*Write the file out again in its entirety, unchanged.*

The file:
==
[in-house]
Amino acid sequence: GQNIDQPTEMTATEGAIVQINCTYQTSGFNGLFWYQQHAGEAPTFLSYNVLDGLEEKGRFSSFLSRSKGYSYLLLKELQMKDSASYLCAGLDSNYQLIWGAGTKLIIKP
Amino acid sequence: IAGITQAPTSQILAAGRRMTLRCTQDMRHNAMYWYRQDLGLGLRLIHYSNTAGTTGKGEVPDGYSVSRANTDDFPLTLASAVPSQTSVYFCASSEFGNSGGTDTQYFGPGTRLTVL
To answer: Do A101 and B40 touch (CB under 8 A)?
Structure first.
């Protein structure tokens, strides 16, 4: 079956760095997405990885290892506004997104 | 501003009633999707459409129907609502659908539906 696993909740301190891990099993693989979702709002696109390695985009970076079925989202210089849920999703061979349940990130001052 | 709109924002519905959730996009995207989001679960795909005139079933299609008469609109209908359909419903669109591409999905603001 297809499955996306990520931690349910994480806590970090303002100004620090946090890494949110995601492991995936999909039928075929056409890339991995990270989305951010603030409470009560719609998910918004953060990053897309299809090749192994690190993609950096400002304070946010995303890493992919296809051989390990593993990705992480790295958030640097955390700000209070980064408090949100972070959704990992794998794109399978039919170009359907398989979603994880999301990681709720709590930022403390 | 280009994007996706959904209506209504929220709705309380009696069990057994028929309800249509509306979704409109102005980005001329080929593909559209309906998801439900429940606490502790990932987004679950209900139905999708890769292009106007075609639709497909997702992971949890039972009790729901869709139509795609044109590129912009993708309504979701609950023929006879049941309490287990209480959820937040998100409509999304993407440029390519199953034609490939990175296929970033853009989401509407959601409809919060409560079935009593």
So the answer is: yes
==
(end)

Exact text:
[in-house]
Amino acid sequence: GQNIDQPTEMTATEGAIVQINCTYQTSGFNGLFWYQQHAGEAPTFLSYNVLDGLEEKGRFSSFLSRSKGYSYLLLKELQMKDSASYLCAGLDSNYQLIWGAGTKLIIKP
Amino acid sequence: IAGITQAPTSQILAAGRRMTLRCTQDMRHNAMYWYRQDLGLGLRLIHYSNTAGTTGKGEVPDGYSVSRANTDDFPLTLASAVPSQTSVYFCASSEFGNSGGTDTQYFGPGTRLTVL
To answer: Do A101 and B40 touch (CB under 8 A)?
Structure first.
């Protein structure tokens, strides 16, 4: 079956760095997405990885290892506004997104 | 501003009633999707459409129907609502659908539906 696993909740301190891990099993693989979702709002696109390695985009970076079925989202210089849920999703061979349940990130001052 | 709109924002519905959730996009995207989001679960795909005139079933299609008469609109209908359909419903669109591409999905603001 297809499955996306990520931690349910994480806590970090303002100004620090946090890494949110995601492991995936999909039928075929056409890339991995990270989305951010603030409470009560719609998910918004953060990053897309299809090749192994690190993609950096400002304070946010995303890493992919296809051989390990593993990705992480790295958030640097955390700000209070980064408090949100972070959704990992794998794109399978039919170009359907398989979603994880999301990681709720709590930022403390 | 280009994007996706959904209506209504929220709705309380009696069990057994028929309800249509509306979704409109102005980005001329080929593909559209309906998801439900429940606490502790990932987004679950209900139905999708890769292009106007075609639709497909997702992971949890039972009790729901869709139509795609044109590129912009993708309504979701609950023929006879049941309490287990209480959820937040998100409509999304993407440029390519199953034609490939990175296929970033853009989401509407959601409809919060409560079935009593």
So the answer is: yes